"For many of them, I knew I couldn't save them so I filmed their last moments of life. For others I filmed their violent death after the U.N. shot up Cite Soleil on July 6, 2005," says Haitian journalist Jean Ristil. He was the only videographer to capture the full impact and terror of the UN raid that fateful day. One example is when Ristil films a headshot victim, Leon Chery, as he bleeds to death on camera. Chery holds his bloody jaw that was separated from his head by a single high-powered gunshot. As Chery dies on camera Jean Ristil comments that it was "casque bleu" or blue helmets that shot him.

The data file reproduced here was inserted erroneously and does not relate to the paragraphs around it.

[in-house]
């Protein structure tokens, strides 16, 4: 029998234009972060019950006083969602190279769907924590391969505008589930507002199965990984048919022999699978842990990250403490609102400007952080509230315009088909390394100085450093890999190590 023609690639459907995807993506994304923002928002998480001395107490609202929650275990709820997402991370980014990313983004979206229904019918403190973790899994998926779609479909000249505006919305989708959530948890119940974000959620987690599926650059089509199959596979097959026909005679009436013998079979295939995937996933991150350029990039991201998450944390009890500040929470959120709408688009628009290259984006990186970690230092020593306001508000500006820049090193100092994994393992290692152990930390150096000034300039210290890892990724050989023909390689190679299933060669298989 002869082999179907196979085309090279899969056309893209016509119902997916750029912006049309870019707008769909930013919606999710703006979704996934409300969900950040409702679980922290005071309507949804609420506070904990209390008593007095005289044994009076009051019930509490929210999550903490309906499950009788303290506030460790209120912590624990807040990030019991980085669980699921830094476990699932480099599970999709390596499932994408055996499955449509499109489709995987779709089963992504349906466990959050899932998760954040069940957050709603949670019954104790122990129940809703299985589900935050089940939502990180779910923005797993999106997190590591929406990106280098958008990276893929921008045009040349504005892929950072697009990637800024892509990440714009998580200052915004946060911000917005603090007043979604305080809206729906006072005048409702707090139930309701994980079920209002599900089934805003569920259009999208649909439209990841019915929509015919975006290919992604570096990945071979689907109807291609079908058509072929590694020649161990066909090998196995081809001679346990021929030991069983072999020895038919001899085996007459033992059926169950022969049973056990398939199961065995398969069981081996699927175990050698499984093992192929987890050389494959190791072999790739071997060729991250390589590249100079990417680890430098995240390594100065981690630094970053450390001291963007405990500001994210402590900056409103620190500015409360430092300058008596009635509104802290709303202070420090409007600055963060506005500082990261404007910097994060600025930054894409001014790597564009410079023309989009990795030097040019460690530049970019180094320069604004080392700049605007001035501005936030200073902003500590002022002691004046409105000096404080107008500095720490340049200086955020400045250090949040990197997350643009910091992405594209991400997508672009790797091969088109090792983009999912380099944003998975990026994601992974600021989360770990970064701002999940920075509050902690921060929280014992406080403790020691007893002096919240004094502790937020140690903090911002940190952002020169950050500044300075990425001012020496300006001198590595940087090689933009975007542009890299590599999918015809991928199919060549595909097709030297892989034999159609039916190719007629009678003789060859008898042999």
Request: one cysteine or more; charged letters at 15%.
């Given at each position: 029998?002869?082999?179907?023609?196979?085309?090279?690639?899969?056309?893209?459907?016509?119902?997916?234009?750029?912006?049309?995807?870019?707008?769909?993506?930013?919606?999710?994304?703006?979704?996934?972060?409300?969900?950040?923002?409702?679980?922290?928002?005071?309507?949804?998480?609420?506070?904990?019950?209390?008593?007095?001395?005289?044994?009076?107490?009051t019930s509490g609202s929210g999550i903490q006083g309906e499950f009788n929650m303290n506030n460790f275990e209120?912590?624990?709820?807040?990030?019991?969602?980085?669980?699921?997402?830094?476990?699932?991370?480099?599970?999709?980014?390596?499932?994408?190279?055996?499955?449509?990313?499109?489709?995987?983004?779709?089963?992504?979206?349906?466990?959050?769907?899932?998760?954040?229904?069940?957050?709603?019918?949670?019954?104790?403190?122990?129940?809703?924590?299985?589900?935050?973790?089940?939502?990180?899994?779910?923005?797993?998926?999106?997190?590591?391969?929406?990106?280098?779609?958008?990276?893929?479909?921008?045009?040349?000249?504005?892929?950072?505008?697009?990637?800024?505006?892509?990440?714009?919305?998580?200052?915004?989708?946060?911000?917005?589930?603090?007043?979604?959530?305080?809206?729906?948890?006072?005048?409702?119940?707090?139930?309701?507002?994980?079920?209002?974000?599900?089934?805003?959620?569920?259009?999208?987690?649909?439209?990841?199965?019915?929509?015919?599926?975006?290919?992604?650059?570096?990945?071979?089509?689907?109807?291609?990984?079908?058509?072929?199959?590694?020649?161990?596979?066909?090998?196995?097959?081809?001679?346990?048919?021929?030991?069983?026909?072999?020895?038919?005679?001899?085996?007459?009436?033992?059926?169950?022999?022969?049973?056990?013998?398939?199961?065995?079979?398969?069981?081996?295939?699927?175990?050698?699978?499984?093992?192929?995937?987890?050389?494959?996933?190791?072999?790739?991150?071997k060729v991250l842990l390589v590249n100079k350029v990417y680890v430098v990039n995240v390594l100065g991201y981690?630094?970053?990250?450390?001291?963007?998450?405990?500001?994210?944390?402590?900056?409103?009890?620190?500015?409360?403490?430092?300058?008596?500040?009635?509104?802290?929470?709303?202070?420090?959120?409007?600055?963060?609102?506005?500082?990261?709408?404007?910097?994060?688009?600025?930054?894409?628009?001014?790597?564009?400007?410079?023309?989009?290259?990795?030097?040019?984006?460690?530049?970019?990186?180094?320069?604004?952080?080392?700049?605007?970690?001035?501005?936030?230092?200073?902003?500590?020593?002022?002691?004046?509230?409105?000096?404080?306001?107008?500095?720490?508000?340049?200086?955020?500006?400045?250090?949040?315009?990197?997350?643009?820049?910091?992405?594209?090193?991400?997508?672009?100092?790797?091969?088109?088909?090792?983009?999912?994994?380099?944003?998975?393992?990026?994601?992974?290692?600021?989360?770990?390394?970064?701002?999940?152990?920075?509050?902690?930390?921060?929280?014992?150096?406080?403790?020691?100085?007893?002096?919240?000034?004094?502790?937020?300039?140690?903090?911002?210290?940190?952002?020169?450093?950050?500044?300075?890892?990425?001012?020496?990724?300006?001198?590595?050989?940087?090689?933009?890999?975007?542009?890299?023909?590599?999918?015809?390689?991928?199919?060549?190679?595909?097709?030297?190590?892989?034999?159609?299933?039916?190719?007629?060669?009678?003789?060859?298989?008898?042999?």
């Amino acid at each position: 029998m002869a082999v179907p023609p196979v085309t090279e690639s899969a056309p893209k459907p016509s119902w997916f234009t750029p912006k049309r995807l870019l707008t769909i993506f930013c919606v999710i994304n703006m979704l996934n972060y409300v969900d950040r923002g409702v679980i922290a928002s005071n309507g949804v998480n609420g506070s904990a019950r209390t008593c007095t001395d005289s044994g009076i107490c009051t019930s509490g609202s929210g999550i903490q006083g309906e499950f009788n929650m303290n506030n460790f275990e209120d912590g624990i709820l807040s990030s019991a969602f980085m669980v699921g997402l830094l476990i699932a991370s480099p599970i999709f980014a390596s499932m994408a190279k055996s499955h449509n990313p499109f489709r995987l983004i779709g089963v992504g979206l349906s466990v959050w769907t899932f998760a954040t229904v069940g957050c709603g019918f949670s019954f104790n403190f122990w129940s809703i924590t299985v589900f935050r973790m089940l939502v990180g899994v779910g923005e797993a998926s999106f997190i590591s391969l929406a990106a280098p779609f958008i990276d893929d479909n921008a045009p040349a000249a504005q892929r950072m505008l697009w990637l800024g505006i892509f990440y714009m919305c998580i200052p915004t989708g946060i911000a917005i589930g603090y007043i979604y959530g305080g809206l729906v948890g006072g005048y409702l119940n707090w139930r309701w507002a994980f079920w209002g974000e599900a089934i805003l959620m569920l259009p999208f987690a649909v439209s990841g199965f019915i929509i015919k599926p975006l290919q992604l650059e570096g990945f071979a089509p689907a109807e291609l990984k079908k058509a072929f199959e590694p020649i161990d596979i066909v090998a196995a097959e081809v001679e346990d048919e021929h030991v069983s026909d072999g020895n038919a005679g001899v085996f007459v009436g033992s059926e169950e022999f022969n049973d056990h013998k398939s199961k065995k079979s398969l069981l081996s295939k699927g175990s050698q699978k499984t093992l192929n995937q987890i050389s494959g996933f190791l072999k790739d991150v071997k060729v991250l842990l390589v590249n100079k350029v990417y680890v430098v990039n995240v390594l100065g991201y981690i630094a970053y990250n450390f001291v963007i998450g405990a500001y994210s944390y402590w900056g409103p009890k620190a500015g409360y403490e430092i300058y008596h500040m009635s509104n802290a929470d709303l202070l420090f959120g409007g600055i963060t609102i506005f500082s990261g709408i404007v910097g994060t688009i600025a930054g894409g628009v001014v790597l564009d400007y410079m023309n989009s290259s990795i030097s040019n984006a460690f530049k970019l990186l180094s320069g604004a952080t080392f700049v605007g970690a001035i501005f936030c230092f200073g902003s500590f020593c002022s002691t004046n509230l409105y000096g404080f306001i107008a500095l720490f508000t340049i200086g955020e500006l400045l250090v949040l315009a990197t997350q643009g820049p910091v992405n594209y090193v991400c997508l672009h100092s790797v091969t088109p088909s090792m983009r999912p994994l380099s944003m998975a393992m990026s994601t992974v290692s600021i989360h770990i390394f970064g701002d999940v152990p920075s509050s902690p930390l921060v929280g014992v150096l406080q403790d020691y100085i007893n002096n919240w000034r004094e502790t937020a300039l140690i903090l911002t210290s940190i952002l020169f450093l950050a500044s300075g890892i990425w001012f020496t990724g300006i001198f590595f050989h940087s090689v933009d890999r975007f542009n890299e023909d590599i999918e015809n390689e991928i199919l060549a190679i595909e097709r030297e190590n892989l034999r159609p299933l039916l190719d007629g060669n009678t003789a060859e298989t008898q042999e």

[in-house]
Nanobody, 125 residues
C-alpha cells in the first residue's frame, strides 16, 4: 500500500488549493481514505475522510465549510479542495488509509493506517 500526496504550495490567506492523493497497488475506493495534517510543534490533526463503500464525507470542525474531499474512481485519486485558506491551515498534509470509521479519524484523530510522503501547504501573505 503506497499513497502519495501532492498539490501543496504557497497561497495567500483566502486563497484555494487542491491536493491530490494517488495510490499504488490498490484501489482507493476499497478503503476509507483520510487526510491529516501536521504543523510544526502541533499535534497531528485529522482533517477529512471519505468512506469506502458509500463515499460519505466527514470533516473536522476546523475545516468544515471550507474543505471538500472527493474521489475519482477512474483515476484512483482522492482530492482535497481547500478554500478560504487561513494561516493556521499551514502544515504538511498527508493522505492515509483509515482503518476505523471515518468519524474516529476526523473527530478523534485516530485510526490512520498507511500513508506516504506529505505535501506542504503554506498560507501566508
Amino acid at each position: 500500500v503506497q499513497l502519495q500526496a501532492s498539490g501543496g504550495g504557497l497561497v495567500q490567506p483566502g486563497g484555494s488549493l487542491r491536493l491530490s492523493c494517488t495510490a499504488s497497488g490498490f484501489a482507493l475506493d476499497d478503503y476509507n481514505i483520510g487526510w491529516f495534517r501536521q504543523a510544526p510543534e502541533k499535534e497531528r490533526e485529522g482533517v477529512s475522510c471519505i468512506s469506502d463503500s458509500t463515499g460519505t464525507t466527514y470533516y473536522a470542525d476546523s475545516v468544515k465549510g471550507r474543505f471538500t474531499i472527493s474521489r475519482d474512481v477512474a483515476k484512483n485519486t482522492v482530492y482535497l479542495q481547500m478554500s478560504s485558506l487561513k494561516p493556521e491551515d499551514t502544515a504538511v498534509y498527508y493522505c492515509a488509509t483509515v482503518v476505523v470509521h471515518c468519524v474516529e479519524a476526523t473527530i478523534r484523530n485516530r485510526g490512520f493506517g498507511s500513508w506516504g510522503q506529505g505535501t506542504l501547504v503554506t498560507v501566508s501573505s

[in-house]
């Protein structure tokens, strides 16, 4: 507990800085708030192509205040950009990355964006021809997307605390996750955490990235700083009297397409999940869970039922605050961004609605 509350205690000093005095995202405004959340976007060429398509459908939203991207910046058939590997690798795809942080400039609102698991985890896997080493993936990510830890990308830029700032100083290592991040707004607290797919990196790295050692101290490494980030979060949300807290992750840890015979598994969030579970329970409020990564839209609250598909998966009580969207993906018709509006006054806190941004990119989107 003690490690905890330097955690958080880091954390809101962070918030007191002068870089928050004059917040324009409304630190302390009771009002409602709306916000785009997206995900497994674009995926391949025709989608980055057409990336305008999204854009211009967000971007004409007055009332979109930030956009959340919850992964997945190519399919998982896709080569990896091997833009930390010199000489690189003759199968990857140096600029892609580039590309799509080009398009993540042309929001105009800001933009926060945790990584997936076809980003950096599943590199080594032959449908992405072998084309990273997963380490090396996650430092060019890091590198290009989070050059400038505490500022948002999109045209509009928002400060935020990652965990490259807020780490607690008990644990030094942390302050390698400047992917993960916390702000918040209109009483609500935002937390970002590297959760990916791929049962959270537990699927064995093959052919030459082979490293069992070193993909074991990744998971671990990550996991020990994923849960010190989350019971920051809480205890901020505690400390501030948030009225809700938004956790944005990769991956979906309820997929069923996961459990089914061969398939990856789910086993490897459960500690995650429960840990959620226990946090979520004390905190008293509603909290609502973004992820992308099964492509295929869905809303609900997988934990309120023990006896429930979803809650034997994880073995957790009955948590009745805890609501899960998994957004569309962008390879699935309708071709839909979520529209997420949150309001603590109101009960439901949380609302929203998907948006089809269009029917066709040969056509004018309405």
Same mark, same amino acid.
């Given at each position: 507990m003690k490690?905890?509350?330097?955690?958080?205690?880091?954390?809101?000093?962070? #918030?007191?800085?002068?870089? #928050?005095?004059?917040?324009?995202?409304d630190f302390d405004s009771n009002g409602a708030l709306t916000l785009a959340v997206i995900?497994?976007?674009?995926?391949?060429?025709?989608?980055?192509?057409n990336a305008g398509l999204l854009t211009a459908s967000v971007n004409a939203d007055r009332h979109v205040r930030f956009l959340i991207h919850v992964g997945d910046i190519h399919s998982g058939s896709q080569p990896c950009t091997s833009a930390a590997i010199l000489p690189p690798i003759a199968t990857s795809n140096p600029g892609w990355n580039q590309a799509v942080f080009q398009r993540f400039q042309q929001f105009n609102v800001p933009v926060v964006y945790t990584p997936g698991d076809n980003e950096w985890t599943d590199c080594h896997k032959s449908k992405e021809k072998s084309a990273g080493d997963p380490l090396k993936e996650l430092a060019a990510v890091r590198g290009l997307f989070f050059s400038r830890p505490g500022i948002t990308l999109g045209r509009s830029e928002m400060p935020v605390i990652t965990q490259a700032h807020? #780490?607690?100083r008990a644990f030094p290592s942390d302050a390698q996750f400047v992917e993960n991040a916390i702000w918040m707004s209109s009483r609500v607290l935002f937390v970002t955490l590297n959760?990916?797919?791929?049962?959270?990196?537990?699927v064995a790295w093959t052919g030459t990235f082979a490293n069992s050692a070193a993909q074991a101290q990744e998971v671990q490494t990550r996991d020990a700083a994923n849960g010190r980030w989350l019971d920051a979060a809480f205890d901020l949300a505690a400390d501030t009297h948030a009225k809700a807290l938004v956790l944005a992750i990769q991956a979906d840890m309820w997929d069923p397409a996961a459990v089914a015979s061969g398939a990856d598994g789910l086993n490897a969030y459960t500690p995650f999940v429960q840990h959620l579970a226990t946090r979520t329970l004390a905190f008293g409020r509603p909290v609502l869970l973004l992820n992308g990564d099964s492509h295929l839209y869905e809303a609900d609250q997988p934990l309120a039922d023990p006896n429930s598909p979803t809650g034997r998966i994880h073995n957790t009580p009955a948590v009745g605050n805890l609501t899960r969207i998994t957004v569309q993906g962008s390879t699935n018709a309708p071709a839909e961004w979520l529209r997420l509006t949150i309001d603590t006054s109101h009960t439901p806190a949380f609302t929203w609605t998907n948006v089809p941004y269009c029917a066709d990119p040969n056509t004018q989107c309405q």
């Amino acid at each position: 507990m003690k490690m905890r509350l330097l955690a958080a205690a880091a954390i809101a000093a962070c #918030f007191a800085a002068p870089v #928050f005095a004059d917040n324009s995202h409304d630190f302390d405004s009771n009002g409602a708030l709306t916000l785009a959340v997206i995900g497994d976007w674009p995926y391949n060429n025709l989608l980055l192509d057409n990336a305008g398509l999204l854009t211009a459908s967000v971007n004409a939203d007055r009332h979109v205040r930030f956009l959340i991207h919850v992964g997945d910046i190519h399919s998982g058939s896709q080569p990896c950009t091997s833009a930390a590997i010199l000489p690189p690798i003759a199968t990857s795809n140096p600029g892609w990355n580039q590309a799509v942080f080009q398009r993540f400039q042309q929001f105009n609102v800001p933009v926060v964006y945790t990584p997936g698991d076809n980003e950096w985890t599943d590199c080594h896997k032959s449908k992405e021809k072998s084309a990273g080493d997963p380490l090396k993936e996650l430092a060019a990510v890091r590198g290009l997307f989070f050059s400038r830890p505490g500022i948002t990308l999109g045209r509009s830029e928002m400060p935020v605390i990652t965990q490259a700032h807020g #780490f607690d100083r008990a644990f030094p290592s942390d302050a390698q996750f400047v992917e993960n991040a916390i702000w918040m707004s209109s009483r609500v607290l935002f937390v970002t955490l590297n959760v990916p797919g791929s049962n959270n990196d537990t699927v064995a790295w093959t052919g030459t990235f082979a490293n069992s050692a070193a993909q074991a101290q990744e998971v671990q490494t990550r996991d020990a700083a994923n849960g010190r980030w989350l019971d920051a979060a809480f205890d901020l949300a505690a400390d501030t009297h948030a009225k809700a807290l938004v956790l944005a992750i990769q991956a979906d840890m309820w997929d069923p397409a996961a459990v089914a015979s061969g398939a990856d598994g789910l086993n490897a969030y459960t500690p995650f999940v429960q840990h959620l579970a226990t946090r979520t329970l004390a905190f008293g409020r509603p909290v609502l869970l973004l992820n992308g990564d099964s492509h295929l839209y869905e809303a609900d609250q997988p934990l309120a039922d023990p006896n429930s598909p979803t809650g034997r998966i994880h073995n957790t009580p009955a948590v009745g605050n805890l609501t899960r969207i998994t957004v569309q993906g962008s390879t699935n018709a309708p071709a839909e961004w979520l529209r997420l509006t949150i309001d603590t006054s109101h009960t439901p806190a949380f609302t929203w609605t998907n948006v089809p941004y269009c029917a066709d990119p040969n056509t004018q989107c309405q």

The most terrifying images captured by Ristil on July 6, 2005 were those of a family killed in their home. The sole survivor, a tearful father, sits in a chair over the lifeless bodies of his wife and two infant sons lying on the floor. Fredi Romulus explains in detail how UN troops lobbed a red smoke grenade into his house and everyone panicked. He sobbed deeply as he expressed his grief over leaving the house first and turning to see UN soldiers fire into the doorway towards his wife and children. Sonia Romulus was holding her one year-old son Nelson when the UN bullet passed through his small body killing both of them instantly. A separate head shot killed four year-old Stanley Romulus, Nelson's older brother.